3 Mistakes Customers Make With Their Content3 Mistakes Customers Make With Their Content
Recently I've been pretty hard on content management vendors by <a href="http://www.informationweek.com/blog/main/archives/2008/04/top_5_reasons_a.html">pointing out some of the mistakes</a> that can drive them out of business. While vendor elitism with customers can be a big problem, I can't let content management clients completely off the hook. There are a few mistakes that I've seen over and over in every vertical.
May 9, 2008
Recently I've been pretty hard on content management vendors by pointing out some of the mistakes that can drive them out of business. While vendor elitism with customers can be a big problem, I can't let content management clients completely off the hook. There are a few mistakes that I've seen over and over in every vertical.Hiring Resources Based On Price Let's take marketing, for example; it's hard to show the clear ROI for a dollar invested. I've seen more companies that choose to hire a communications or marketing manager that's inexperienced in the industry, but fairly cheap. This is the person controlling your content, your message to the outside world. If they don't understand the dynamics of what it takes to manage a modern-day Web site, your brand will suffer. We can make a similar argument within the IT group -- if the collaboration software is handled by a noncollaborator, you're probably doomed to live out your collaborative existence in the meager confines of Outlook. The end result is the usually powerful combination of content and collaboration is deemed another shiny, new technology failure.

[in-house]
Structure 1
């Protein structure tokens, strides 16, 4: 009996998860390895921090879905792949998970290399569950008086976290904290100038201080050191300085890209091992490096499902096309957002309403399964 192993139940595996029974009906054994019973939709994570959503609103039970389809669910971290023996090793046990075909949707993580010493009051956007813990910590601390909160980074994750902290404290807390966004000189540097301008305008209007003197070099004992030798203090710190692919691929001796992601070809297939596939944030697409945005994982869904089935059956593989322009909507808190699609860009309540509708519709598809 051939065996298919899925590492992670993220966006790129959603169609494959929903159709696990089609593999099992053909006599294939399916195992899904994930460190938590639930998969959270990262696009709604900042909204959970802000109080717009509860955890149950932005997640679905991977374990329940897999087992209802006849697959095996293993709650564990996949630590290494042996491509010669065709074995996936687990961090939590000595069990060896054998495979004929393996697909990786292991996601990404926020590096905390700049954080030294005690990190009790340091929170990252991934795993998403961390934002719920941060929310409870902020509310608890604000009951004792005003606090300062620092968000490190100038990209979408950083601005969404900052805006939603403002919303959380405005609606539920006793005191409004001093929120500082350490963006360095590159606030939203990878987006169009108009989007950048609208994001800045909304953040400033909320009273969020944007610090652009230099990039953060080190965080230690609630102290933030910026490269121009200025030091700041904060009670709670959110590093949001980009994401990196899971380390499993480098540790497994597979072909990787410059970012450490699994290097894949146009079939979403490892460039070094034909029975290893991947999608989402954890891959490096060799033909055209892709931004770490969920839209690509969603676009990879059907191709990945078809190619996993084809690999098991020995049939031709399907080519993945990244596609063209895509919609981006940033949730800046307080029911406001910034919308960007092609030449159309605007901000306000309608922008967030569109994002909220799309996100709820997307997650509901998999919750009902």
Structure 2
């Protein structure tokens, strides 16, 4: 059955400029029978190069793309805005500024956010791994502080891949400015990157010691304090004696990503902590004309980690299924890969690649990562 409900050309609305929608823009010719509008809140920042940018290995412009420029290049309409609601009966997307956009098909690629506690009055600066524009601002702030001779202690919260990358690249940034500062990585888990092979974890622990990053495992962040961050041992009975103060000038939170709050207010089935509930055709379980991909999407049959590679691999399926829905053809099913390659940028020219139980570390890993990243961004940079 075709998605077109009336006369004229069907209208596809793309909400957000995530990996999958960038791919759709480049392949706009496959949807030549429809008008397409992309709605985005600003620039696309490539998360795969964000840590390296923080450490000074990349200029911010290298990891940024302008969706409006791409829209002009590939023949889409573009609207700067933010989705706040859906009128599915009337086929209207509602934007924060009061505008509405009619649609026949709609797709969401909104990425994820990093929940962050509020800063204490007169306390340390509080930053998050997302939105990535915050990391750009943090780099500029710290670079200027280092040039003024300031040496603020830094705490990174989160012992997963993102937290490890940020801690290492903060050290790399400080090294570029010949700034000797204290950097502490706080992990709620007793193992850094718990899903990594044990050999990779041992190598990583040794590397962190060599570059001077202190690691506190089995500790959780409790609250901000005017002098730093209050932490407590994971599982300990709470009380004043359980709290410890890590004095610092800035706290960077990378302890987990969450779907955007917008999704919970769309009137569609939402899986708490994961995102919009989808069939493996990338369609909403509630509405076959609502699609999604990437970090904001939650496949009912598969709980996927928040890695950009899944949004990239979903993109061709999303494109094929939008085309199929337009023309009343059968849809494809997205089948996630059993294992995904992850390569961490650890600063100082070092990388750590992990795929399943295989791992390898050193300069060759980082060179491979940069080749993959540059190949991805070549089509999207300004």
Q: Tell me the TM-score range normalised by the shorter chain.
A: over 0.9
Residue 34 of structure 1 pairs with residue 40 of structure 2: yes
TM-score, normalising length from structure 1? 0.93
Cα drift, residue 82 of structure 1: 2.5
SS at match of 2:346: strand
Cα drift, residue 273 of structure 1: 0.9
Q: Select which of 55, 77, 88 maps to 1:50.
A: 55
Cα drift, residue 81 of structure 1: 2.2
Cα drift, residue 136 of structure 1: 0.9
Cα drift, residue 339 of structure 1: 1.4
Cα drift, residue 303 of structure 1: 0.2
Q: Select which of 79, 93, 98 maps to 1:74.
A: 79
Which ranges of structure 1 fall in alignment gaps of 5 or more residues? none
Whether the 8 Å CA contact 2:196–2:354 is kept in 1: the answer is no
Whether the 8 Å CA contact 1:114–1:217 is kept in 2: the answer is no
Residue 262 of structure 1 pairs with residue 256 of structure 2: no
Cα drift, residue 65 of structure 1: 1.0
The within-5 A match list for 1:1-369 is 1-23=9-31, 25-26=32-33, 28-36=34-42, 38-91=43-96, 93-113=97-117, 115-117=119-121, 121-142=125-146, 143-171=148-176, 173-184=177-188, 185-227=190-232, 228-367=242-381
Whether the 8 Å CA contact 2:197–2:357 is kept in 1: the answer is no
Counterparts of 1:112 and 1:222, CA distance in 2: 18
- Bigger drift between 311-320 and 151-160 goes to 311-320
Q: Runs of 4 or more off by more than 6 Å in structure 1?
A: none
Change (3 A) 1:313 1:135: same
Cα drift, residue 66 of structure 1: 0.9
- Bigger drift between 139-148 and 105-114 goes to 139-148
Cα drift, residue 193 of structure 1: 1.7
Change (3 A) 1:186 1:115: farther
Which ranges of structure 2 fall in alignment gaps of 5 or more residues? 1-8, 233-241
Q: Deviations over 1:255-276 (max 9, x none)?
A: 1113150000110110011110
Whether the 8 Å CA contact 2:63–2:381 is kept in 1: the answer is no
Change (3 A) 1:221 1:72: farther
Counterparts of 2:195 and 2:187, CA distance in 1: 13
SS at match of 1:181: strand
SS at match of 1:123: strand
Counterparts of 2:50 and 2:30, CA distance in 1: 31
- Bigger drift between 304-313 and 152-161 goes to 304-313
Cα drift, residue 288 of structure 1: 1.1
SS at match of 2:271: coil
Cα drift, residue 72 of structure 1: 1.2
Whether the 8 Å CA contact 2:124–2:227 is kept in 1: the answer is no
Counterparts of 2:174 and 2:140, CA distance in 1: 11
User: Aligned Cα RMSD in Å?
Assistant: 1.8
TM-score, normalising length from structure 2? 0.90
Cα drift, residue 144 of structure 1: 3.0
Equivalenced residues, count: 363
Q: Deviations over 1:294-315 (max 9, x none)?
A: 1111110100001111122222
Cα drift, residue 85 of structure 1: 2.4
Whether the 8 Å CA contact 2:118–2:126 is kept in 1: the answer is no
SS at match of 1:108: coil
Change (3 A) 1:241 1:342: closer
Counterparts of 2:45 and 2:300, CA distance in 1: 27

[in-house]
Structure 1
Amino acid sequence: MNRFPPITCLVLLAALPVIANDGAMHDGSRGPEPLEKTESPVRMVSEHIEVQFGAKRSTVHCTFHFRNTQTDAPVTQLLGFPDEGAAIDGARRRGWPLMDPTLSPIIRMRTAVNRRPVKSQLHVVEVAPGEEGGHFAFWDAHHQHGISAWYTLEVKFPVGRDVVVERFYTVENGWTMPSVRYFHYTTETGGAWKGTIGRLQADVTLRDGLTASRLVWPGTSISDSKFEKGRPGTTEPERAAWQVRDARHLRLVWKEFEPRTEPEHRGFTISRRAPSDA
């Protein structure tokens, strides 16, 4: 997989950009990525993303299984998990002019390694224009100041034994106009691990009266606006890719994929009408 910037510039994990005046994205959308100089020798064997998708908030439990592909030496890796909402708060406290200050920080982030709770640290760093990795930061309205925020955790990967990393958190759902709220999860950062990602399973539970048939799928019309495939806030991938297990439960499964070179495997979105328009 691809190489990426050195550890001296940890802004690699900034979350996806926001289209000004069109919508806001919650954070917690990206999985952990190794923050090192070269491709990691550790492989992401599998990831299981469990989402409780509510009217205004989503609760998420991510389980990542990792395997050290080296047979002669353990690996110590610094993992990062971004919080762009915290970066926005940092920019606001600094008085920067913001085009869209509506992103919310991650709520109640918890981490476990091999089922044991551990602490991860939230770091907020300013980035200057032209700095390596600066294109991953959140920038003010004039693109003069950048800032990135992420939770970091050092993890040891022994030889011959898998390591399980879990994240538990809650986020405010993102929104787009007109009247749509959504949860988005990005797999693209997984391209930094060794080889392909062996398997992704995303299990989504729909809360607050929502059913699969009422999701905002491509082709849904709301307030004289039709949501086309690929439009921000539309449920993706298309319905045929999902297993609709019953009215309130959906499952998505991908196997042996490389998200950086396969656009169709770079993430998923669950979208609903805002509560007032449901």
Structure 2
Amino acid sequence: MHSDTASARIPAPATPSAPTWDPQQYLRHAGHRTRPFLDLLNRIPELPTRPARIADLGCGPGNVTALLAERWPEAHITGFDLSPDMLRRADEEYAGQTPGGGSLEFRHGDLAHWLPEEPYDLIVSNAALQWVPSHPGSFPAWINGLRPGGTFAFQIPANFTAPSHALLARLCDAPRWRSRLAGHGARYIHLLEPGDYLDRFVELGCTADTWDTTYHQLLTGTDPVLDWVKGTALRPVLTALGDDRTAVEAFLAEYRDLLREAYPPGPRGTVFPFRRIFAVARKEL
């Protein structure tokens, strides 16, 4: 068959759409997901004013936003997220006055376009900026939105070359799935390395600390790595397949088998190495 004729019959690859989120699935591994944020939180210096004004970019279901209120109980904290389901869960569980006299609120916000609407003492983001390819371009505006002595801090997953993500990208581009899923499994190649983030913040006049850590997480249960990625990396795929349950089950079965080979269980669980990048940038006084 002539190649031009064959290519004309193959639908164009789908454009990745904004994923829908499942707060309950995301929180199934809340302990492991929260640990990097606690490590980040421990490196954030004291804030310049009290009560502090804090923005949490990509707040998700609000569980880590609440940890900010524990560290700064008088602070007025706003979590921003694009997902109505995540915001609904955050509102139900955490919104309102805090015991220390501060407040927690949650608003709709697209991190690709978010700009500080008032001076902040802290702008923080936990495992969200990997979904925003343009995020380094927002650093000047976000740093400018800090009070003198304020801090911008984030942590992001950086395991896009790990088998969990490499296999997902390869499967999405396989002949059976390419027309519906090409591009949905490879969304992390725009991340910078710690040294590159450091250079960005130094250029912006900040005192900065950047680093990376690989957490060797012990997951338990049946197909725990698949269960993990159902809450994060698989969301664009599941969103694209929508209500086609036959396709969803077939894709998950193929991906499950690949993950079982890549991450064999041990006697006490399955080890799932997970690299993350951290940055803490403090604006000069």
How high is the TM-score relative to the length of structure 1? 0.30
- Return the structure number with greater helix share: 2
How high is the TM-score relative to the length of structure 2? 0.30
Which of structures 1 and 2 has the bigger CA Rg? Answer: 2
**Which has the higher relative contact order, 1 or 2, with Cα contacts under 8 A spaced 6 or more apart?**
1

Choosing A Vendor Based On Personal Reasons, Not Technology Similar to reason No. 1, choosing a vendor based on any reason not related to the ability to ensure you look like your own media company is unacceptable. In the past year, I've seen companies hand over their content strategies to the CEO's brother-in-law, the founder's nephew, the co-founder's fraternity buddy, and more. I'm not saying some of those folks aren't capable of providing value, it's just that most of the time the expectations are unrealistic. Some of the results are actually really funny, in a sad, "how much did you pay them?" sort of way. Using Technology That Dates From The Wrong Decade So maybe your company has avoided the first two pitfalls; you picked a solid vendor that delivers good results, and you've got the right team in place. Don't cripple them by refusing to invest in the right technology. Yes, the market moves fast and it might feel like just yesterday you spent a fortune updating your infrastructure. But the best jockey in the world won't win the race on an old horse. Listen to the recommendations of your team; chances are they've already used other tools that might be complementary to what you're trying to do. And you know the routine: Send me your customer experiences and we'll post them here periodically. Don't worry, we won't expose them or you unless you give us permission. All details will be removed to ensure everyone can return to their office without having to worry about the content management walk of shame.
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